AGCO Corporation (NYSE:AGCO) is a good company, but it is looking overvalued in today’s current market environment at 34.7x TTM P/E. The company’s profitability is cyclical along with the agricultural industry, but even taking this cyclicality into account would only yield an Investors’ Adjusted ROE of 4.3% at current prices. This article will discuss the things to like about AGCO and why to keep it on your watchlist while also pointing out how expensive the valuation is.
Introduction to the Company
AGCO is a global leader in the design, manufacture, and distribution of agricultural solutions that generated sales of $9.0 billion in 2019. With multiple brands in their portfolio, the company makes tractors, combine harvesters, seeding & tillage equipment, and balers, to name a few key items. For me as a city-dweller, the most recognizable of their brands is Massey Ferguson, but the portfolio also includes Challenger, Fendt, and Valtra among their major brands. As can be seen in the graph below, the majority of AGCO’s sales come from Europe at 58% followed by North America at 24%, South America at 9%, and the rest of the world at 9%.
Source data from 2019 annual report
Profitable, Growing, and Cyclical
AGCO’s strong product offerings and global footprint have allowed the company to achieve an average return on equity (ROE) and return on invested capital (ROIC) of 10.7% and 8.4%, respectively, over the past decade. However, as is evident from the graph below, profitability has been noticeably dropping over the past decade in a rather alarming trend. As will be discussed later, this drop in profitability in recent years can be attributed to cyclicality and should not necessarily worry long-term investors.
Source data from Morningstar
While the long-term average level of profitability is below my rule of thumb of 15% ROE, in my opinion, the company should be able to maintain its intrinsic value over a business cycle as witnessed by the economic ROIC of 8.4%. With ROE only slightly higher than ROIC, it also shows to me that the business should potentially be using financial leverage more aggressively to increase returns to shareholders.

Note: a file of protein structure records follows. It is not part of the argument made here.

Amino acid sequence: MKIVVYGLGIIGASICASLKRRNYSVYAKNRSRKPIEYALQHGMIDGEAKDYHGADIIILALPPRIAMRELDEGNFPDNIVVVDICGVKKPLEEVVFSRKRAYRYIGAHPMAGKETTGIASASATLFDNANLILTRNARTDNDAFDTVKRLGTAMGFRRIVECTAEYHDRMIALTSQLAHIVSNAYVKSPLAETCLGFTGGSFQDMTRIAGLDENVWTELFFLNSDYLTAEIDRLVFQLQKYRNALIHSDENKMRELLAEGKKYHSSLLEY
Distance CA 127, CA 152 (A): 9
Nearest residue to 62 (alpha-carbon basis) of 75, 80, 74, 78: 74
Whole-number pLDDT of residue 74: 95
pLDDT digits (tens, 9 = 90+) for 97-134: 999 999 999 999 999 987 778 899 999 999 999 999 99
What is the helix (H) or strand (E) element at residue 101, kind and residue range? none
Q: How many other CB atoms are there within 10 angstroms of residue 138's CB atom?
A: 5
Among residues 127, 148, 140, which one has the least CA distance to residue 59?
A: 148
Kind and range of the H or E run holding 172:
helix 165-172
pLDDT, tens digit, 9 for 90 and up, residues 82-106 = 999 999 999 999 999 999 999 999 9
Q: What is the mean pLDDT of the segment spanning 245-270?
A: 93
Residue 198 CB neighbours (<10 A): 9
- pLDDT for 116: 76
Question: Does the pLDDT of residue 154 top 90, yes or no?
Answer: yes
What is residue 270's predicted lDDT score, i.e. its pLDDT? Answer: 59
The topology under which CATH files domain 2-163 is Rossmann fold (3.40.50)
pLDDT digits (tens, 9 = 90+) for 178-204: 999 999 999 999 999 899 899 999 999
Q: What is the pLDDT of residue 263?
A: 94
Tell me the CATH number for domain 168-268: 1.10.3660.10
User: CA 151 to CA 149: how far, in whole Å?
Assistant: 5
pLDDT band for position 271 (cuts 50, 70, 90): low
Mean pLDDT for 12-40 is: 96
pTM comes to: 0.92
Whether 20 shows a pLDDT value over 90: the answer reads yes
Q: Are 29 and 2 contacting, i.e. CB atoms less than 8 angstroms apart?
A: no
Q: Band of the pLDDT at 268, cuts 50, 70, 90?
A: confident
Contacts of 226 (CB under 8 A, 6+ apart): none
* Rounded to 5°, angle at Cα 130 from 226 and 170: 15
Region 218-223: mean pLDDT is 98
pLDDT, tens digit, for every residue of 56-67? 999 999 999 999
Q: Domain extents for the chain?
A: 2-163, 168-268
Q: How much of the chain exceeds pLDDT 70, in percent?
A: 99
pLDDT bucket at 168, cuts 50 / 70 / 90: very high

Dissecting the Decline in ROE through DuPont Method
Using a DuPont analysis to help understand the decline in AGCO’s return on equity, we can see that both net income margins and asset turnover have been falling over the past decade. Financial leverage has been slowly rising from 2.05x to 2.83x to partially make up for the fall in net income margins and asset turnover. The fall in net income and asset turnover looks to be attributable to falling revenues which reached a decade high of $10.8 billion in 2013 but only sit around $9.0 billion for 2019 and the TTM period.
Source data from Morningstar
No Revenue Growth… but Large Share Buybacks
AGCO’s revenues have not been growing over the past decade as can be seen in the graph below. However, the company has also been buying back large amounts of shares to help support EPS. As can be seen in the graph below, since 2010, the company has managed to decrease its outstanding shares by 21.9% from 96 million to 75 million today, for an annual average compound repurchase rate of 2.4% per year. Combined with the company’s current 0.7% dividend yield, this average repurchase rate would bring total shareholder yields up to 3.1%. Throughout COVID-19, AGCO maintained the quarterly dividend, but after $55 million of share repurchases in the first quarter, they suspended repurchases in the second and third quarters.